alpha=1, else it is the elasticnet sequence. For the other families, this is a lasso or elasticnet regularization path for fitting the generalized linear regression paths, by maximizing the appropriate penalized log-likelihood (partial likelihood for the "cox" model). Sometimes the sequence is truncated before
nlambda values of
lambda have been used, because of instabilities in the inverse link functions near a saturated fit.
glmnet(...,family="binomial") fits a traditional logistic regression model for the log-odds.
glmnet(...,family="multinomial") fits a symmetric multinomial model, where each class is represented by a linear model (on the log-scale). The penalties take care of redundancies. A two-class
"multinomial" model will produce the same fit as the corresponding
"binomial" model, except the pair of coefficient matrices will be equal in magnitude and opposite in sign, and half the
"binomial" values. Note that the objective function for
"gaussian" is and for the other models it is -loglik/nobs + λ*penalty. Note also that for
glmnet standardizes y to have unit variance before computing its lambda sequence (and then unstandardizes the resulting coefficients); if you wish to reproduce/compare results with other software, best to supply a standardized y. The coefficients for any predictor variables with zero variance are set to zero for all values of lambda. The latest two features in glmnet are the
family="mgaussian" family and the
type.multinomial="grouped" option for multinomial fitting. The former allows a multi-response gaussian model to be fit, using a "group -lasso" penalty on the coefficients for each variable. Tying the responses together like this is called "multi-task" learning in some domains. The grouped multinomial allows the same penalty for the
family="multinomial" model, which is also multi-responsed. For both of these the penalty on the coefficient vector for variable j is (1-α)/2||β_j||_2^2+α||β_j||_2. When
alpha=1 this is a group-lasso penalty, and otherwise it mixes with quadratic just like elasticnet.
An object with S3 class
"mrelnet" for the various types of models.
- the call that produced this object
- Intercept sequence of length
nvars x length(lambda)matrix of coefficients, stored in sparse column format (
"mgaussian", a list of
ncsuch matrices, one for each class.
- The actual sequence of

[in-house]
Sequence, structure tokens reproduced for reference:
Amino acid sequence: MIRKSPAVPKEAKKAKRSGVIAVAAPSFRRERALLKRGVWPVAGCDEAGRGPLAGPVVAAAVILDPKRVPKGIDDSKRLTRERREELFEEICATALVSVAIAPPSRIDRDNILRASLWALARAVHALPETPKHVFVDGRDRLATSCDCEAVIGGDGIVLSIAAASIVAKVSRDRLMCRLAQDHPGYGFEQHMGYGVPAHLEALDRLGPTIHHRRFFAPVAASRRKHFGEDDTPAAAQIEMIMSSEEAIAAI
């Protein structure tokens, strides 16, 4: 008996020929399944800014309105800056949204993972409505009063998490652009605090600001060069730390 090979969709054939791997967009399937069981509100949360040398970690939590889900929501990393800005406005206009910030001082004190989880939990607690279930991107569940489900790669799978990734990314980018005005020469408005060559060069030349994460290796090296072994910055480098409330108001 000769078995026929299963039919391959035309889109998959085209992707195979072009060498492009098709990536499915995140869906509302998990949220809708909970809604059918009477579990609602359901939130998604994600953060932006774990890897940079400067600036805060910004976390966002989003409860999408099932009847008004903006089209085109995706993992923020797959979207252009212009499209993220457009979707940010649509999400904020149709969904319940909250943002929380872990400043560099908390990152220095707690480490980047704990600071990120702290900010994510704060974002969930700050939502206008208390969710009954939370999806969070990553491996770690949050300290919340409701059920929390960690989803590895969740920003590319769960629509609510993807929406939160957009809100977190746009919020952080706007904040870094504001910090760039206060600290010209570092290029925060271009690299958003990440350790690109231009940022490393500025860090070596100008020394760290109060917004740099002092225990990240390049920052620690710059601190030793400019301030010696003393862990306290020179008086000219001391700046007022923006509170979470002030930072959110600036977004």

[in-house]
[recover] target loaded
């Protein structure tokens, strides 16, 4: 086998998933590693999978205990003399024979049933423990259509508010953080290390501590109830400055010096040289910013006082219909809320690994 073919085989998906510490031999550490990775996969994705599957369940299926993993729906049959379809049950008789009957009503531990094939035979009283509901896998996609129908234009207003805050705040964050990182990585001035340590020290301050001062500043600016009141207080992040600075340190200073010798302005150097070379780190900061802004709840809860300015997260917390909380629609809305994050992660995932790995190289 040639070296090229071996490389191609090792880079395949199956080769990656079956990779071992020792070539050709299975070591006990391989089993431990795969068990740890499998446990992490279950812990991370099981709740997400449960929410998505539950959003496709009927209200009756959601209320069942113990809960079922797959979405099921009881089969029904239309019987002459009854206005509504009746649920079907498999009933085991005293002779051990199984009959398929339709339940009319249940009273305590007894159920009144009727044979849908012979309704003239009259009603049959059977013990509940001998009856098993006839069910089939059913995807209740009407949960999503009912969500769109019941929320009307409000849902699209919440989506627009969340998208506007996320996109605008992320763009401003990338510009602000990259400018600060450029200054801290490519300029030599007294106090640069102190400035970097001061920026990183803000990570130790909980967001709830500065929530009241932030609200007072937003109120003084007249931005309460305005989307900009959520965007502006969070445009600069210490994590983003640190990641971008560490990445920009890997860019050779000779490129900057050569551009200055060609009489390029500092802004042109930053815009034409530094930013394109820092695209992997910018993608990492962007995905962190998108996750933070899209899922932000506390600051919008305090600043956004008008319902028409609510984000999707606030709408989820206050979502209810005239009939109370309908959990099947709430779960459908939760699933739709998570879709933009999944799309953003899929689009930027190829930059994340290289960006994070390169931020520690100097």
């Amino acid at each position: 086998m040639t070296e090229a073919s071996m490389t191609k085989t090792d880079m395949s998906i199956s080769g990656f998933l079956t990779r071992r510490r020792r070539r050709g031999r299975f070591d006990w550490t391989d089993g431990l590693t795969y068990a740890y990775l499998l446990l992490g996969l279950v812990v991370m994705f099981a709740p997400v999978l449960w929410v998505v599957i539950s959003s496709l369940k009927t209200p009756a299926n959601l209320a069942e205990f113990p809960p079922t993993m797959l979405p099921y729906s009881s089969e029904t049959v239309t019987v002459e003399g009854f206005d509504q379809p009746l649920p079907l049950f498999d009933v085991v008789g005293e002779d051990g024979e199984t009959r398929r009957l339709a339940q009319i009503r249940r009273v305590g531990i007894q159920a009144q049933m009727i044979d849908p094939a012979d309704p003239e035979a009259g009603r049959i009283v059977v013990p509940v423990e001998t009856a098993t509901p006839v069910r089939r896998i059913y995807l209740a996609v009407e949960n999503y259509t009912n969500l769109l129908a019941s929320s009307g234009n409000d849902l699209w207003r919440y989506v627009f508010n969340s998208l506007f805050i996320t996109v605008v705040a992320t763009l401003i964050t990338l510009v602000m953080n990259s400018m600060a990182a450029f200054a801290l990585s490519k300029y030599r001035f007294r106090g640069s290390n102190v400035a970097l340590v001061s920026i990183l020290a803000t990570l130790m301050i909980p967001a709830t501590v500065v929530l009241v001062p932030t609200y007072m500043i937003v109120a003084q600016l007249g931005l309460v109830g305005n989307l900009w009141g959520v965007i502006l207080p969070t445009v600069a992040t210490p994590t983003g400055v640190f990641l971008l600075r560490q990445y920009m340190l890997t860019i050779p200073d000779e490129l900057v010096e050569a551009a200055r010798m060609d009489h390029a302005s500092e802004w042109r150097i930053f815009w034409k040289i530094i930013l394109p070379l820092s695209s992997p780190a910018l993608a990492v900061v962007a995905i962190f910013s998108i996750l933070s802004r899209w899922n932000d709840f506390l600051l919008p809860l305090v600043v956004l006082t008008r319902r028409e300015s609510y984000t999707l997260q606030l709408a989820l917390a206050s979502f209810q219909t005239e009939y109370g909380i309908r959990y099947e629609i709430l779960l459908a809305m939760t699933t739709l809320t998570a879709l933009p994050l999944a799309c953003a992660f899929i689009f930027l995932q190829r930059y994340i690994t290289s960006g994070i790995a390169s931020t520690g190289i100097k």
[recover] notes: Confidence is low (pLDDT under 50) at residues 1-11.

lambdavalues used. When
alpha=0, the largest lambda reported does not quite give the zero coefficients reported (
lambda=infwould in principle). Instead, the largest
alpha=0.001is used, and the sequence of
lambdavalues is derived from this.
- The fraction of (null) deviance explained (for
"elnet", this is the R-square). The deviance calculations incorporate weights if present in the model. The deviance is defined to be 2*(loglike_sat - loglike), where loglike_sat is the log-likelihood for the saturated model (a model with a free parameter per observation). Hence dev.ratio=1-dev/nulldev.
- Null deviance (per observation). This is defined to be 2*(loglike_sat -loglike(Null)); The NULL model refers to the intercept model, except for the Cox, where it is the 0 model.
- The number of nonzero coefficients for each value of
"multnet", this is the number of variables with a nonzero coefficient for any class.
"mrelnet"only. A matrix consisting of the number of nonzero coefficients per class
- dimension of coefficient matrix (ices)
- number of observations
- total passes over the data summed over all lambda values
- a logical variable indicating whether an offset was included in the model
- error flag, for warnings and errors (largely for internal debugging).
Friedman, J., Hastie, T. and Tibshirani, R. (2008) Regularization Paths for Generalized Linear Models via Coordinate Descent, http://www.stanford.edu/~hastie/Papers/glmnet.pdf
Journal of Statistical Software, Vol. 33(1), 1-22 Feb 2010
Simon, N., Friedman, J., Hastie, T., Tibshirani, R. (2011) Regularization Paths for Cox's Proportional Hazards Model via Coordinate Descent, Journal of Statistical Software, Vol. 39(5) 1-13
Tibshirani, Robert., Bien, J., Friedman, J.,Hastie, T.,Simon, N.,Taylor, J. and Tibshirani, Ryan. (2012) Strong Rules for Discarding Predictors in Lasso-type Problems, JRSSB vol 74,
Stanford Statistics Technical Report
Glmnet Vignette http://www.stanford.edu/~hastie/glmnet/glmnet_alpha.html
# Gaussian x=matrix(rnorm(100*20),100,20) y=rnorm(100) fit1=glmnet(x,y) print(fit1) coef(fit1,s=0.01) # extract coefficients at a single value of lambda predict(fit1,newx=x[1:10,],s=c(0.01,0.005)) # make predictions #multivariate gaussian y=matrix(rnorm(100*3),100,3) fit1m=glmnet(x,y,family="mgaussian") plot(fit1m,type.coef="2norm") #binomial g2=sample(1:2,100,replace=TRUE) fit2=glmnet(x,g2,family="binomial") #multinomial g4=sample(1:4,100,replace=TRUE) fit3=glmnet(x,g4,family="multinomial") fit3a=glmnet(x,g4,family="multinomial",type.multinomial="grouped") #poisson N=500; p=20 nzc=5 x=matrix(rnorm(N*p),N,p) beta=rnorm(nzc) f = x[,seq(nzc)]%*%beta mu=exp(f) y=rpois(N,mu) fit=glmnet(x,y,family="poisson") plot(fit) pfit = predict(fit,x,s=0.001,type="response") plot(pfit,y) #Cox set.seed(10101) N=1000;p=30 nzc=p/3 x=matrix(rnorm(N*p),N,p) beta=rnorm(nzc) fx=x[,seq(nzc)]%*%beta/3 hx=exp(fx) ty=rexp(N,hx) tcens=rbinom(n=N,prob=.3,size=1)# censoring indicator y=cbind(time=ty,status=1-tcens) # y=Surv(ty,1-tcens) with library(survival) fit=glmnet(x,y,family="cox") plot(fit) # Sparse n=10000;p=200 nzc=trunc(p/10) x=matrix(rnorm(n*p),n,p) iz=sample(1:(n*p),size=n*p*.85,replace=FALSE) x[iz]=0 sx=Matrix(x,sparse=TRUE) inherits(sx,"sparseMatrix")#confirm that it is sparse beta=rnorm(nzc) fx=x[,seq(nzc)]%*%beta eps=rnorm(n) y=fx+eps px=exp(fx) px=px/(1+px) ly=rbinom(n=length(px),prob=px,size=1) system.time(fit1<-glmnet(sx,y)) system.time(fit2n<-glmnet(x,y))
Documentation reproduced from package glmnet, version 2.0-2. License: GPL-2